Lacrimal gland masses

Lacrimal gland masses​ can be classified into two broad groups - inflammatory (~50%) and neoplastic, either lymphoma (25%) or salivary gland type tumours (~25%). 



Most are epithelial in origin, with ~50% benign and ~50% malignant. 

Benign epithelial tumours 

These lesions are slow-growing masses more commonly found in adults in their fourth to fifth decades of life:

Malignant epithelial tumours
Non-epithelial neoplasms

Most of these cases are seen in the third decade of life, but distribution is bimodal with an earlier peak in the teenage years.

Differential diagnosis

Other rare causes of lacrimal gland masses include tuberculosis, amyloidosis, thyroid-associated orbitopathy, granulomatosis with polyangiitis. Sickle cell disease is reported to cause lacrimal gland oedema 4

Extra-lacrimal masses that occur in the superolateral orbit should be considered, e.g. dermoid/epidermoid cyst, subperiosteal abscess 2

Share article

Article information

rID: 12160
System: Head & Neck
Section: Gamuts
Synonyms or Alternate Spellings:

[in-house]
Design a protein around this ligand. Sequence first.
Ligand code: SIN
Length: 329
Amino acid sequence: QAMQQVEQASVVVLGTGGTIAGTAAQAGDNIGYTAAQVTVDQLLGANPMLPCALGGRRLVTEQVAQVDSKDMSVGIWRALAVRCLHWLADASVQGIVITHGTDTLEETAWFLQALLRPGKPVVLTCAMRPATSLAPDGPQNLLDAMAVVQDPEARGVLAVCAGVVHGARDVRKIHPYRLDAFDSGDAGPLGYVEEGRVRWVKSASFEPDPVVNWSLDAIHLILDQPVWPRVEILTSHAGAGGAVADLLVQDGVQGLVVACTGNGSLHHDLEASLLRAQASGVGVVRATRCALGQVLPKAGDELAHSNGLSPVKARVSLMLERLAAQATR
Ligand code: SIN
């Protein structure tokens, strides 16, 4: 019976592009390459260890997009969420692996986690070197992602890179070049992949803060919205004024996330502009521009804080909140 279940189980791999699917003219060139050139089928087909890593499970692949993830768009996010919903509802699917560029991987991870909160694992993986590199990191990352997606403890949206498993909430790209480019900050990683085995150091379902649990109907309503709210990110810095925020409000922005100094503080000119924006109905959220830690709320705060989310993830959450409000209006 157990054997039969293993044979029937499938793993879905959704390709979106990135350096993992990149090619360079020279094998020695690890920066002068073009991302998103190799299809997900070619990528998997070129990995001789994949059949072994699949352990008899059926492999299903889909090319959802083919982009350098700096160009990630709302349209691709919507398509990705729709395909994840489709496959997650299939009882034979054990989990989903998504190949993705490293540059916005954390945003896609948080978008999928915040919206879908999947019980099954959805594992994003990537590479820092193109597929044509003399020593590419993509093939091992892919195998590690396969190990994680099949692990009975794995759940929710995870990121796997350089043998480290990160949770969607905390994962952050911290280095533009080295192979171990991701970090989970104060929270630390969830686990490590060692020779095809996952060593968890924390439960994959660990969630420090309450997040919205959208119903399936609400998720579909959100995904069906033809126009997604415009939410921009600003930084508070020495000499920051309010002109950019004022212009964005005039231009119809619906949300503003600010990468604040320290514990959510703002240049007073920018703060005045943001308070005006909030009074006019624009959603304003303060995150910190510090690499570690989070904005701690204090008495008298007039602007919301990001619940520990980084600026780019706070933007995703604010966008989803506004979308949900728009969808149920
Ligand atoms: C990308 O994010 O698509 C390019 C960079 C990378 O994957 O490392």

• Lacrimal gland tumours
  • Lacrimal gland tumors
  • Tumours of the lacrimal glands
  • Mass lesions involving the lacrimal glands

Support Radiopaedia and see fewer ads

Cases and figures

  • Drag
    Case 1: adenoid cystic carcinoma
    Drag here to reorder.
  • Drag
    Case 2: acinic cell adenocarcinoma
    Drag here to reorder.
  • Drag
    Pleomorphic adeno...
    Case 3: pleomorphic adenoma
    Drag here to reorder.
  • Drag
    Case 4: lacrimal gland lymphoma
    Drag here to reorder.
  • Drag
    Case 5: lacrimal gland lymphoma
    Drag here to reorder.
  • Drag
    Case 6: lacrimal gland lymphoma
    Drag here to reorder.
  • Drag
    Case 7: Sjogren syndrome
    Drag here to reorder.
  • Updating… Please wait.

    Alert accept

    Error Unable to process the form. Check for errors and try again.

    Alert accept Thank you for updating your details.